I have a question regarding an alternate form of the Bessel equation and how that alternate form translates to the modified Bessel equation and its solution. The modified form is from: http://mathworld.wolfram.com/BesselDifferentialEquation.html

and looks like this: $$ \frac{d^2 y}{dx^2}+\frac{1-2\alpha}{x}\frac{dy}{dx}+\left(\beta^2\gamma^2x^{2\gamma-2}+\frac{\alpha^2-n^2\gamma^2}{x^2}\right)y=0 $$ and has the following solutions: $$ y= \begin{cases} x^\alpha\left[AJ_n(\beta x^\gamma)+BY_n(\beta x^\gamma)\right] &\text{ for integer }n \\ \\ x^\alpha\left[AJ_n(\beta x^\gamma)+BJ_{-n}(\beta x^\gamma)\right] &\text{ for noninteger }n \end{cases} $$ For the moment, I am only concerned with the case where $\gamma=1$ and $\alpha=n$ so the equation simplifies to: $$ \frac{d^2 y}{dx^2}+\frac{1-2\alpha}{x}\frac{dy}{dx}+\beta^2y=0 $$ with the following solutions: $$ y= \begin{cases} x^\alpha\left[AJ_\alpha(\beta x)+BY_\alpha(\beta x)\right] &\text{ for integer }n \\ \\ x^\alpha\left[AJ_\alpha(\beta x)+BJ_{-\alpha}(\beta x)\right] &\text{ for noninteger }n \end{cases} $$ What I'd like to know is if instead of being the unmodified Bessel equation, the equation was in the form of the modified Bessel equation as shown below, what would the solutions be? $$ \frac{d^2 y}{dx^2}+\frac{1-2\alpha}{x}\frac{dy}{dx}-\beta^2y=0 $$ A quick search on wolframalpha tells me they might look like this: $$ y= \begin{cases} x^\alpha\left[AJ_\alpha(-i\beta x)+BY_\alpha(-i\beta x)\right] &\text{ for integer }n \\ \\ x^\alpha\left[AJ_\alpha(-i\beta x)+BJ_{-\alpha}(-i\beta x)\right] &\text{ for noninteger }n \end{cases} $$ Could these then be translated to the modified Bessel functions so: $$ y= \begin{cases} x^\alpha\left[CI_\alpha(\beta x)+DK_\alpha(\beta x)\right] &\text{ for integer }n \\ \\ x^\alpha\left[CI_\alpha(\beta x)+DI_{-\alpha}(\beta x)\right] &\text{ for noninteger }n \end{cases} $$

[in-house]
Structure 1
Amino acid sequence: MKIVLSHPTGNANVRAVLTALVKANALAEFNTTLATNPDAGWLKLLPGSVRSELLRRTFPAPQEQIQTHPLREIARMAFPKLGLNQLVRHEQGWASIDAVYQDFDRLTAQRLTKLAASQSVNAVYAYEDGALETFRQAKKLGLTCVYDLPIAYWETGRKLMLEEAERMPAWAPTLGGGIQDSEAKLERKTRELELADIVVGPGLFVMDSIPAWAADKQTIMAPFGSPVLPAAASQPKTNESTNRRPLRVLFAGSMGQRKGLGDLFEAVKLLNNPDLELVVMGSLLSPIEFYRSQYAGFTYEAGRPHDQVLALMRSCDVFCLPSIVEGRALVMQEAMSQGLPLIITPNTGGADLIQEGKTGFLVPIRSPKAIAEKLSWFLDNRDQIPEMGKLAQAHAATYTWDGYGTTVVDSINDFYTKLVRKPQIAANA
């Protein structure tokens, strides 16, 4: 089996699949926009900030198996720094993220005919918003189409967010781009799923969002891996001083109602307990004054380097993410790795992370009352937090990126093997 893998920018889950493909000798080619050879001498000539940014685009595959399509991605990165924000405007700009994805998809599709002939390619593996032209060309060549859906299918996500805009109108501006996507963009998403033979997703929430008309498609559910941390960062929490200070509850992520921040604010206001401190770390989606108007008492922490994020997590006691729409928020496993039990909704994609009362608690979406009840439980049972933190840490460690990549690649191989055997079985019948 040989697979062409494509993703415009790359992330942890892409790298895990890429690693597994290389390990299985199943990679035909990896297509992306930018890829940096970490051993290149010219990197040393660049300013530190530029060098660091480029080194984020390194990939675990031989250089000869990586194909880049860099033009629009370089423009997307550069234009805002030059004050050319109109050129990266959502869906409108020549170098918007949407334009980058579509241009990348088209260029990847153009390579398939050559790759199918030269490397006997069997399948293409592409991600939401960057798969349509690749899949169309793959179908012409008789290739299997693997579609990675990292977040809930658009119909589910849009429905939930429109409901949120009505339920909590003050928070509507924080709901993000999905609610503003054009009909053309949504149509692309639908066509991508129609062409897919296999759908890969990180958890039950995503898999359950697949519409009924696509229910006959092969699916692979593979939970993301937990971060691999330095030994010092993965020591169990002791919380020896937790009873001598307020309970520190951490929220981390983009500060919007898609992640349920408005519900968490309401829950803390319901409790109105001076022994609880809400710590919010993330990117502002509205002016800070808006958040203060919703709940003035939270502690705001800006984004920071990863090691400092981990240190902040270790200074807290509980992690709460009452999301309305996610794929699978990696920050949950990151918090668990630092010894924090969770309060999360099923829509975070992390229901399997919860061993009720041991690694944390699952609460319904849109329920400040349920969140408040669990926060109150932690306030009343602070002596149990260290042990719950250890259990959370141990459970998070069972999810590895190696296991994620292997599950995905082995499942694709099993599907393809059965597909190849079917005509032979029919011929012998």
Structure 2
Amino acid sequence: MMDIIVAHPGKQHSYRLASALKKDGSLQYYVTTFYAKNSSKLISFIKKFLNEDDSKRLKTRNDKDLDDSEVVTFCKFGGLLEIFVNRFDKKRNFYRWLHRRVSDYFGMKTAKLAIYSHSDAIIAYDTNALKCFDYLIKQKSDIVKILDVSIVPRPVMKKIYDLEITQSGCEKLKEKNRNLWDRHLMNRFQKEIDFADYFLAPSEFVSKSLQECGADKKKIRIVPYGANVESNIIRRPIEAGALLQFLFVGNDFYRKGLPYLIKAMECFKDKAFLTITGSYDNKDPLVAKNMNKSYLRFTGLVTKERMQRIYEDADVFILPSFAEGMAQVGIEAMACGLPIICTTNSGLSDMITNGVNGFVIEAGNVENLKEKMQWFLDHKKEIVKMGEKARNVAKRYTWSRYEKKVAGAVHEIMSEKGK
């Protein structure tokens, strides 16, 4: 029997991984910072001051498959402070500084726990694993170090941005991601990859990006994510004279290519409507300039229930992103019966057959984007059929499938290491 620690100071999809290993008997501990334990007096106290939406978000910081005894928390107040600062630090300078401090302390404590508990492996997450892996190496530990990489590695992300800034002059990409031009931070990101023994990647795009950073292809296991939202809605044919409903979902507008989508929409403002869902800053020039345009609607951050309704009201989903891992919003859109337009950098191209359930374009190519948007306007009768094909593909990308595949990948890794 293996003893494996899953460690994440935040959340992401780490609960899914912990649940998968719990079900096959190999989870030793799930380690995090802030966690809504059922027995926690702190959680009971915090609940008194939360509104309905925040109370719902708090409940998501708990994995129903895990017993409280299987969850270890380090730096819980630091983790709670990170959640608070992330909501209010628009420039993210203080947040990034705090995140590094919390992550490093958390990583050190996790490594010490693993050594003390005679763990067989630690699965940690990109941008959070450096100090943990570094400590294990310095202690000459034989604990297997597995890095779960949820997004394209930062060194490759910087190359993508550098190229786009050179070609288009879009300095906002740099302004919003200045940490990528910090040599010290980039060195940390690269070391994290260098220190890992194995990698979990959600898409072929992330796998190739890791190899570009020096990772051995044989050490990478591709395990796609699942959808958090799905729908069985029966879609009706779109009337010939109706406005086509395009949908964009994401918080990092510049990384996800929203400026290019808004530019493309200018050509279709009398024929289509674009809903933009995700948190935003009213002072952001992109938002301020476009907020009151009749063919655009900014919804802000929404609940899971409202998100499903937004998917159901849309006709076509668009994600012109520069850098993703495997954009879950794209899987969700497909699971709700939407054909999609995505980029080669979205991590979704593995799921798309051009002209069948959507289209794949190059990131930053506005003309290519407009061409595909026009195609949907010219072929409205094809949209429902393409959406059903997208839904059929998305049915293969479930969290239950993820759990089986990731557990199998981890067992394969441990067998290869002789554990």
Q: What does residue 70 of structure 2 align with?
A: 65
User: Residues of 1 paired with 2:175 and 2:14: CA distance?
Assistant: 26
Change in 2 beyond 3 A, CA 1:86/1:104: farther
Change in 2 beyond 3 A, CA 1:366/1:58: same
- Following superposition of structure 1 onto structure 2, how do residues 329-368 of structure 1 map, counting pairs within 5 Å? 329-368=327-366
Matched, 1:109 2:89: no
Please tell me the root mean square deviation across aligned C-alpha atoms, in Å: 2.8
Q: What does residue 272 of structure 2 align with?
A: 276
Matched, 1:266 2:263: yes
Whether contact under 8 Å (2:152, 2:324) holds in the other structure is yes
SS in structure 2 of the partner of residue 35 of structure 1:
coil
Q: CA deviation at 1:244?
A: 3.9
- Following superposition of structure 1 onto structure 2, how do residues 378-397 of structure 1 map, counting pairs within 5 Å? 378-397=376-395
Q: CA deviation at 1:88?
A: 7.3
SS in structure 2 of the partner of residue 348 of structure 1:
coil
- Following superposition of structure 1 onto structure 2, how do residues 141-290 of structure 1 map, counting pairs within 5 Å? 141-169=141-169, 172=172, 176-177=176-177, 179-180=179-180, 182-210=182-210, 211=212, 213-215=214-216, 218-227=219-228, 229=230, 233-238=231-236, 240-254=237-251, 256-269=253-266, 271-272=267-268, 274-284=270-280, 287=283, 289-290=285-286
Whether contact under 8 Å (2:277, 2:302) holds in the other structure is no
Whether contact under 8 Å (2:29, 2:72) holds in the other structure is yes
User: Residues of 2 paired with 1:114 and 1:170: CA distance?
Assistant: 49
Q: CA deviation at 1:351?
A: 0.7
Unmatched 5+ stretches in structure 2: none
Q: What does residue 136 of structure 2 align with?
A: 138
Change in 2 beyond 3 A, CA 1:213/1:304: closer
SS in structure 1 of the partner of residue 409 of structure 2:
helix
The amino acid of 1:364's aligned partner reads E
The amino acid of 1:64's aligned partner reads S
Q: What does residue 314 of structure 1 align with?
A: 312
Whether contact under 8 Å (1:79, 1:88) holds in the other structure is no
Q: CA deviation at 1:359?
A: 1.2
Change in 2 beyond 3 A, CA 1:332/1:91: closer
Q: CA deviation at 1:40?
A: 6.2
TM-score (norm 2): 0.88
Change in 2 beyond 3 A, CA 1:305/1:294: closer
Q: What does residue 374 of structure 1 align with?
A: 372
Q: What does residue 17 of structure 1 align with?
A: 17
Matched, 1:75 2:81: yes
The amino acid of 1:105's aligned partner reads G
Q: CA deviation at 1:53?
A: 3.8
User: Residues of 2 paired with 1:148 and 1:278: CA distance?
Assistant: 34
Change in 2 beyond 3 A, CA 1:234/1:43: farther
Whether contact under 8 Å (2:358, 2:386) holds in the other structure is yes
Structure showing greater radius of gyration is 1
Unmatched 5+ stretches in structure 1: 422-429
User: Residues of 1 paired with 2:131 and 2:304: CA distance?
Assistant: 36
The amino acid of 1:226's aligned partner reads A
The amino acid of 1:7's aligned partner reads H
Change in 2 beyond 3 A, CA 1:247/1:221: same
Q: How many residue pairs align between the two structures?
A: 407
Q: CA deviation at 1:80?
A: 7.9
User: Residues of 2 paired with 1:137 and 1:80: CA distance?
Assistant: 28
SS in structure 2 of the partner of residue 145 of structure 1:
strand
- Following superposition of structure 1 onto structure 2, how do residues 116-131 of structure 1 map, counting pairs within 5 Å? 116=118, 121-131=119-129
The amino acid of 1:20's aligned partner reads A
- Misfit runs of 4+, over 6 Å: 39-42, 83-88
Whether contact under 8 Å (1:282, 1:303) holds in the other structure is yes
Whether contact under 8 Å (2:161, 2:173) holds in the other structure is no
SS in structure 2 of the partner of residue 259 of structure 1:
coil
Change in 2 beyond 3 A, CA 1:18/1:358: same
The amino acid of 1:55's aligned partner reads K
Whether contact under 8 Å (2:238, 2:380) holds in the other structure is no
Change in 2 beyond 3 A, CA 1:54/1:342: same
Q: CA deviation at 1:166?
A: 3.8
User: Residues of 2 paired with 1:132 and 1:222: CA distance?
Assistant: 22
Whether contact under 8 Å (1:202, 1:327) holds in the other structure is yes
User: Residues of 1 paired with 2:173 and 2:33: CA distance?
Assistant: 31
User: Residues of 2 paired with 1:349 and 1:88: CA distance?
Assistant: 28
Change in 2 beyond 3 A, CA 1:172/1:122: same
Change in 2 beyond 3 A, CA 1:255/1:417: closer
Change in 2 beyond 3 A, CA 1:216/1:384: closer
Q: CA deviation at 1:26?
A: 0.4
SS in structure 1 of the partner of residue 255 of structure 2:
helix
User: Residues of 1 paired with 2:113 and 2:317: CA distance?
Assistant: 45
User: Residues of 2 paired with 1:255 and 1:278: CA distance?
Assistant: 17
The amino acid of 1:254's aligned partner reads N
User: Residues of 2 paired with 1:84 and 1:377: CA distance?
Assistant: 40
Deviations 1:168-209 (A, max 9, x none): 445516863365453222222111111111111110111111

Any insights you could provide would be greatly appreciated, thanks!


$x^\alpha I_\alpha(\beta x)$, $x^\alpha K_\alpha(\beta x)$ and $x^\alpha I_{-\alpha}(\beta x)$ are indeed solutions to your "modified" differential equation. Of course, there are only two linearly independent solutions on, say, $(0,\infty)$: if $\alpha$ is a non-integer, we have $$ K_\alpha(x) = \frac{\pi}{2 \sin(\pi \alpha)} (I_{-\alpha}(x) - I_{\alpha}(x))$$ while if $\alpha$ is an integer, $I_{-\alpha}(x) = I_\alpha(x)$. So for non-integer $\alpha$ you can use any two of $x^\alpha I_\alpha(\beta x)$, $x^\alpha K_\alpha(\beta x)$ and $x^\alpha I_{-\alpha}(\beta x)$ as basic solutions, while for integer $\alpha$ you want to use $x^\alpha I_\alpha(\beta x)$ and $x^\alpha K_\alpha(\beta x)$.

  • $\begingroup$ Thank you for the insight! $\endgroup$ – Travis Jan 23 at 14:32

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